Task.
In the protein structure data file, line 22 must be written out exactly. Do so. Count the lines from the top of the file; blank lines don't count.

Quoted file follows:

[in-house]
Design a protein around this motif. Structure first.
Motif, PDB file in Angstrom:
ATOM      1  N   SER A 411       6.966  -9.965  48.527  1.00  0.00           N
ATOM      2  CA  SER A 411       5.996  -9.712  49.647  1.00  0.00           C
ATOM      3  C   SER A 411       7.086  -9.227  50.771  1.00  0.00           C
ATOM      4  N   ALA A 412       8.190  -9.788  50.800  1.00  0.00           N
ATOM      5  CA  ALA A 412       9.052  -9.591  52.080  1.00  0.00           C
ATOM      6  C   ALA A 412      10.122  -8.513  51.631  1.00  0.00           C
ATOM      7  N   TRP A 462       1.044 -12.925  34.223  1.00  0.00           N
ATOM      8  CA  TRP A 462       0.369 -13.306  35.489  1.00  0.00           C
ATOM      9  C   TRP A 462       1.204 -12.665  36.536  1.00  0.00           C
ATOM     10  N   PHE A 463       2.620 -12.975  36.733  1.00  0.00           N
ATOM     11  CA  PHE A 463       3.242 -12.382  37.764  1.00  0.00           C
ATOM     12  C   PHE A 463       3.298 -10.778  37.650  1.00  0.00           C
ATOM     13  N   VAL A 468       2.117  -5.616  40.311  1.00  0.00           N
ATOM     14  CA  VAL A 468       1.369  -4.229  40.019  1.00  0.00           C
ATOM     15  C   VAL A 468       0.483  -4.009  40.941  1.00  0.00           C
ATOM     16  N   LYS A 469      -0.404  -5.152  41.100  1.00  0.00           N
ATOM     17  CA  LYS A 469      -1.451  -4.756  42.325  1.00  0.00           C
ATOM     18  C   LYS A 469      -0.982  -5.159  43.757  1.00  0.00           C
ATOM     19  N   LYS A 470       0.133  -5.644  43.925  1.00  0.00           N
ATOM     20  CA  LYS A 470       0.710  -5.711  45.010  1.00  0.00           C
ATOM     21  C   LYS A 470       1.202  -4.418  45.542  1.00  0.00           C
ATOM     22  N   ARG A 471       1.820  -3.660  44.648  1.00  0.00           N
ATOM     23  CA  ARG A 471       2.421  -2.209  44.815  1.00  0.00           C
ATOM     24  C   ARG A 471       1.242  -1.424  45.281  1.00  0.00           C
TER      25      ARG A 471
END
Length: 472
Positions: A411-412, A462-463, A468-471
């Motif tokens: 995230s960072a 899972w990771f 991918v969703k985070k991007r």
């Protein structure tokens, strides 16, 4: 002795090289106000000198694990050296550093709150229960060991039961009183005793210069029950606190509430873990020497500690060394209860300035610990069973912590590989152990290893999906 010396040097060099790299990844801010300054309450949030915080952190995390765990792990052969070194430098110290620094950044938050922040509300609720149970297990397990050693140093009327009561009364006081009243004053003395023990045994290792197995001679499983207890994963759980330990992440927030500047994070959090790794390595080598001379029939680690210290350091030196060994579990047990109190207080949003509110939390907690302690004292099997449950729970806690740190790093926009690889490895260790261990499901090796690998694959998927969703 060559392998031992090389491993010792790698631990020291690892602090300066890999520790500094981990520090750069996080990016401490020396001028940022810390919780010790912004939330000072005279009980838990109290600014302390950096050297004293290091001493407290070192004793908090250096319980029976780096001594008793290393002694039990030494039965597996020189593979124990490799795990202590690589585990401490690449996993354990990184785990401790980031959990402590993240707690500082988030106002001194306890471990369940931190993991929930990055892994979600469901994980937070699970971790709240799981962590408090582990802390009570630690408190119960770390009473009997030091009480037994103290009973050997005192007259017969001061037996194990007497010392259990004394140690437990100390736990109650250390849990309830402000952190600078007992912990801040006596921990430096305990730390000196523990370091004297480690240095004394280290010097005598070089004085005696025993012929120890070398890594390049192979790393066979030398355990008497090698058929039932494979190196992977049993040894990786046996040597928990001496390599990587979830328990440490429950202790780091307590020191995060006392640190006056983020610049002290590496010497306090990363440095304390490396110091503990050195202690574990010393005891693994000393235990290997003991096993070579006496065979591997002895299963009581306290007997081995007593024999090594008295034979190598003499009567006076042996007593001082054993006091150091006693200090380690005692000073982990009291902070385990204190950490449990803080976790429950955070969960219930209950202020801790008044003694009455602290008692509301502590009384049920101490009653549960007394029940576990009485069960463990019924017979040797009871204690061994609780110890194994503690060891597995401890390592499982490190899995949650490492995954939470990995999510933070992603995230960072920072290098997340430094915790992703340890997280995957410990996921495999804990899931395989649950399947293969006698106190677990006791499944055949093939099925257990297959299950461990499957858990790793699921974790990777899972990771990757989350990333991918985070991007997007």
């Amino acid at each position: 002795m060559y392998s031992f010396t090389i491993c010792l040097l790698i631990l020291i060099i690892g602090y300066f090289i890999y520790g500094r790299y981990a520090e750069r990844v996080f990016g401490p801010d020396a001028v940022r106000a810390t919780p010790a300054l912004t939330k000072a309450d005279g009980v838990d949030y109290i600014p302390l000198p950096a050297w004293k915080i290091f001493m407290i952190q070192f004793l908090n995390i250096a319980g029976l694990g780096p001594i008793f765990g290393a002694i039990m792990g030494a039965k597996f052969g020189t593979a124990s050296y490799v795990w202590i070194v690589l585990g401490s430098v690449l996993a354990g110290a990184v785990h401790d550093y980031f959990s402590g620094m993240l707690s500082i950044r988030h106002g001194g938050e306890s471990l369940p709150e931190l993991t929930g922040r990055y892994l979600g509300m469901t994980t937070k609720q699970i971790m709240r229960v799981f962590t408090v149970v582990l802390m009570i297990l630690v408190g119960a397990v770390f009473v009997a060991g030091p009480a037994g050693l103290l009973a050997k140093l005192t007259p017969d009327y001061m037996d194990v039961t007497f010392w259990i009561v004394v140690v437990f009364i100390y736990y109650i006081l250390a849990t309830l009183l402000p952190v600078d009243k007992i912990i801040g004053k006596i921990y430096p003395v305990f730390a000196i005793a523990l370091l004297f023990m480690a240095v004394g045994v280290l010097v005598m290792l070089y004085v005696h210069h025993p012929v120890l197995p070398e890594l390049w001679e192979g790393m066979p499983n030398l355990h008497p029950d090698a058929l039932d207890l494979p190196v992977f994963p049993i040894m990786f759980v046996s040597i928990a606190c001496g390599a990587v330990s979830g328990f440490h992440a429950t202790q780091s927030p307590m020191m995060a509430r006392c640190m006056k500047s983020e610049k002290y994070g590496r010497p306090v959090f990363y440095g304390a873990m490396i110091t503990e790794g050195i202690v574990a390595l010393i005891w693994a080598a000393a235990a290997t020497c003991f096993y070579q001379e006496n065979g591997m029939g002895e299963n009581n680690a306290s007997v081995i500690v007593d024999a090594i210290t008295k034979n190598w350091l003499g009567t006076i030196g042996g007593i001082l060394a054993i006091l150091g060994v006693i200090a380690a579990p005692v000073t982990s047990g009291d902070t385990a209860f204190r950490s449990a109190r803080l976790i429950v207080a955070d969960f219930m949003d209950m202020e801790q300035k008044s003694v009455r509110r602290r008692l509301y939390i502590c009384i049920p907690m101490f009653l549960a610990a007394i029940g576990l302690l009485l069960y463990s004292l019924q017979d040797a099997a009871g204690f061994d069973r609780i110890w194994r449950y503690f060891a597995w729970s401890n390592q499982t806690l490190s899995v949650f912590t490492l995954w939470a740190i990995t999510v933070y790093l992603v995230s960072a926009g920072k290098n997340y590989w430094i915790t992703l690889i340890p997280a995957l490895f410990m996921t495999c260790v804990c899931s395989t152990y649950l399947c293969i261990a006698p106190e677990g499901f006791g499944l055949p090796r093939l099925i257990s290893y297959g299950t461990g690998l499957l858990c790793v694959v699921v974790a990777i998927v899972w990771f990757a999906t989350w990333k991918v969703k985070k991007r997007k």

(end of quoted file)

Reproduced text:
ATOM     19  N   LYS A 470       0.133  -5.644  43.925  1.00  0.00           N